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Don’t ignore deferred compensation and stock options in a divorce

On Behalf of | Jan 7, 2022 | Property Division

Divorcing couples in California either need to negotiate a property settlement or wait for a chance for a hearing in family court. A judge dividing your property will use the community property laws when making decisions, so you can apply those same ideas when trying to negotiate a settlement with your ex outside of court.

You probably already know that you can ask for your share of the assets your household obtained during the marriage and the income that either spouse earned. What you may not think about are the special perks that your higher-earning spouse received from their job.

Some companies get quite creative in their attempts to motivate their employees or hire the best and brightest possible. Deferred compensation can be a way for a company to keep workers, as can stock options. If your spouse works in the position with some kind of deferred compensation offered, you shouldn’t overlook those valuable assets in your divorce.

When someone learned of or acquired the asset is what matters 

At first, it may seem strange to try to claim income that your spouse doesn’t technically have or doesn’t have control over yet. If they won’t receive their deferred compensation for another year, that doesn’t mean they can exempt that income from your divorce.

Instead, it means that you may need to negotiate an appropriate valuation for those assets to include them in the inventory of your marital estate. Although your spouse may oppose their inclusion at first, when they understand how community property laws handle deferred compensation, they will realize that those assets are subject to division in many cases.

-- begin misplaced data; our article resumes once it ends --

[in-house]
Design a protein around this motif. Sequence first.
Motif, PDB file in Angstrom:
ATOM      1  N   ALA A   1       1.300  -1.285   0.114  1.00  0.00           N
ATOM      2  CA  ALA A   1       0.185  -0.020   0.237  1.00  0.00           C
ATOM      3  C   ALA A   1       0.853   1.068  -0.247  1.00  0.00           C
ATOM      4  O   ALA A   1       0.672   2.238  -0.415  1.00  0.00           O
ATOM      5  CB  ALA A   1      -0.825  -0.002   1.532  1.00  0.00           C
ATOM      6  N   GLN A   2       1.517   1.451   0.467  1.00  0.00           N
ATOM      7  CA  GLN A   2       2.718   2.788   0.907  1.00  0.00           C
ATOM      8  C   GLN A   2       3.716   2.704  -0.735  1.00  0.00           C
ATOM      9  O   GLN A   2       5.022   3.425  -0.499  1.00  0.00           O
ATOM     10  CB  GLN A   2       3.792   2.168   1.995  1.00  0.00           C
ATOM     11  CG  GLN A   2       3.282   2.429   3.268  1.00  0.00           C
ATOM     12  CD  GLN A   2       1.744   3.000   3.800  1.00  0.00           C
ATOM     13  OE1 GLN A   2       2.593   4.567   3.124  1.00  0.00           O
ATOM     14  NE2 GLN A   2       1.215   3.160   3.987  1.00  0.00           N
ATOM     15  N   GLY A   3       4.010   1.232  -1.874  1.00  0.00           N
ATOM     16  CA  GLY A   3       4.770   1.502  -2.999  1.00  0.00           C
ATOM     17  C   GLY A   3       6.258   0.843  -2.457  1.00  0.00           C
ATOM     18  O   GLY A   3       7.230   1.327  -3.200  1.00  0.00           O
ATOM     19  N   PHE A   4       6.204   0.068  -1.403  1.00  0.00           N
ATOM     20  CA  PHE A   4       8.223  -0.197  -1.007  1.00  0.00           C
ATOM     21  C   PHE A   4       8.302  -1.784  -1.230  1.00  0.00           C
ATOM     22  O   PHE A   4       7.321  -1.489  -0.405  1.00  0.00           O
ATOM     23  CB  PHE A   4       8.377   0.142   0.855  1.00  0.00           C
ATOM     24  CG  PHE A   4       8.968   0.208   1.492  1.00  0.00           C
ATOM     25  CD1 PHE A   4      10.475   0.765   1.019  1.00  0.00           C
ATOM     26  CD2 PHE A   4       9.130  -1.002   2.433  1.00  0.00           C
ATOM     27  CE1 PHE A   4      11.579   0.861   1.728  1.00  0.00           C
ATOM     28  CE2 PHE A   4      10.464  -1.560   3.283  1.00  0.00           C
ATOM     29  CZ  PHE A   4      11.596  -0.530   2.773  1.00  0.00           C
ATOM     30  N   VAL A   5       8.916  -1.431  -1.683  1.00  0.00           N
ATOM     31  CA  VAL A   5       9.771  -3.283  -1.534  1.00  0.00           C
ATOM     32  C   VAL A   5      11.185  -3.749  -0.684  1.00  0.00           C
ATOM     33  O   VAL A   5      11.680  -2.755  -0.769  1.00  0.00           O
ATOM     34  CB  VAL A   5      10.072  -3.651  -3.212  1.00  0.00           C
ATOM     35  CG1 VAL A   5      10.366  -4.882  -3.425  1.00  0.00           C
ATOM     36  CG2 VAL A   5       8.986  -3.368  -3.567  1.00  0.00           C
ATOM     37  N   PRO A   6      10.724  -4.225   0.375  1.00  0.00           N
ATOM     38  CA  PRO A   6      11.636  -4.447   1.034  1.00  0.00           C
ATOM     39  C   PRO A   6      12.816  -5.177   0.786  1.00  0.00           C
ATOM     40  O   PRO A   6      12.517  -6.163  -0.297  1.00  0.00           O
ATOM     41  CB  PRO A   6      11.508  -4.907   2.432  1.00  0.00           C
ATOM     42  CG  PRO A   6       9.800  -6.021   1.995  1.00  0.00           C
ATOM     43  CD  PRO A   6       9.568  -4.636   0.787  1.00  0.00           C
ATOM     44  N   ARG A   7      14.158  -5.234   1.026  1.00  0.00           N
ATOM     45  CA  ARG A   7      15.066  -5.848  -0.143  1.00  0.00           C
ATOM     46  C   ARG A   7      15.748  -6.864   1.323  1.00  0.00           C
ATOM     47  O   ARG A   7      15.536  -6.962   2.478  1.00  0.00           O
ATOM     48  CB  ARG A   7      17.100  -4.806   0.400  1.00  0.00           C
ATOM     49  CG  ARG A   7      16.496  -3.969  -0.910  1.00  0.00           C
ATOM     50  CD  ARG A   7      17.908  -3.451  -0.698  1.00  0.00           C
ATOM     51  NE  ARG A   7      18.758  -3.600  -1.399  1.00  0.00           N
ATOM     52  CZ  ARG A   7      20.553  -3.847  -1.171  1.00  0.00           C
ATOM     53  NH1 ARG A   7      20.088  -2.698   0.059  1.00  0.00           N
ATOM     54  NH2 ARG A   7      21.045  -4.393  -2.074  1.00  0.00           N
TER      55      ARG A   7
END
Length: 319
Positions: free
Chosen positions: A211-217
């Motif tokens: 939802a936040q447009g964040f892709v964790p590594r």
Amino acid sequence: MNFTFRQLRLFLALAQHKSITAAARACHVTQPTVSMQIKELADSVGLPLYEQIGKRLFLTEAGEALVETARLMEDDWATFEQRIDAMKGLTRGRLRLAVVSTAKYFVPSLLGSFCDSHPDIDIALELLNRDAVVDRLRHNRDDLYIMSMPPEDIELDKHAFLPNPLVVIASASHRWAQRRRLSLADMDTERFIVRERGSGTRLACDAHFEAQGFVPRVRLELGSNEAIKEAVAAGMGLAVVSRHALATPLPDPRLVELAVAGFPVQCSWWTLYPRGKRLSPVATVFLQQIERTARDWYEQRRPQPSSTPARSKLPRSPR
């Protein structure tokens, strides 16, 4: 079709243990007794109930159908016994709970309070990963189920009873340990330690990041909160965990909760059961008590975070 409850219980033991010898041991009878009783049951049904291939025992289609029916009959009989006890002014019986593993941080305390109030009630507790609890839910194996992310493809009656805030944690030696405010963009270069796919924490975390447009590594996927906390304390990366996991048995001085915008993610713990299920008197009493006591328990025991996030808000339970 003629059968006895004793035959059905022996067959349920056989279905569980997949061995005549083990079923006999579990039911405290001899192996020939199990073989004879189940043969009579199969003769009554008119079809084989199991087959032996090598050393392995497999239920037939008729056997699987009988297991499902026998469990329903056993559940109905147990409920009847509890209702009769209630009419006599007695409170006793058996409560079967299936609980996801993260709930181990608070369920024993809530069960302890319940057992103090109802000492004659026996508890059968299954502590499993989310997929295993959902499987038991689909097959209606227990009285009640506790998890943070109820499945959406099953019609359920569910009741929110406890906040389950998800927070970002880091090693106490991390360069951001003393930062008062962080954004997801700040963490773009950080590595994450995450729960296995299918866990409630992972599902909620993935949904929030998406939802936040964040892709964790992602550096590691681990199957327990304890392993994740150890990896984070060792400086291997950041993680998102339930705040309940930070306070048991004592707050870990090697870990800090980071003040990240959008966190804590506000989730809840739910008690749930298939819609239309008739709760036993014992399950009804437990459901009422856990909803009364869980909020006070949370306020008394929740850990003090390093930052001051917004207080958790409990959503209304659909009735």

They may willingly agree to factor in the value of that deferred compensation or the theoretical value of their stock options during a negotiation. If they are not, you may need to go to court to push for a fair resolution. In that scenario, you would need to create an estimated value for that compensation for the purposes of property division.

Divorce is only fair when you have a realistic idea of your marital estate

Especially as a dependent or lower-earning spouse, push for an appropriate division of marital resources for your future financial stability. Carefully reviewing your household finances and the inventory of assets that your ex provide can be a good starting point during a complex California divorce.

Learning more about California’s community property laws and your rights can help you push for appropriate property division solutions in your divorce.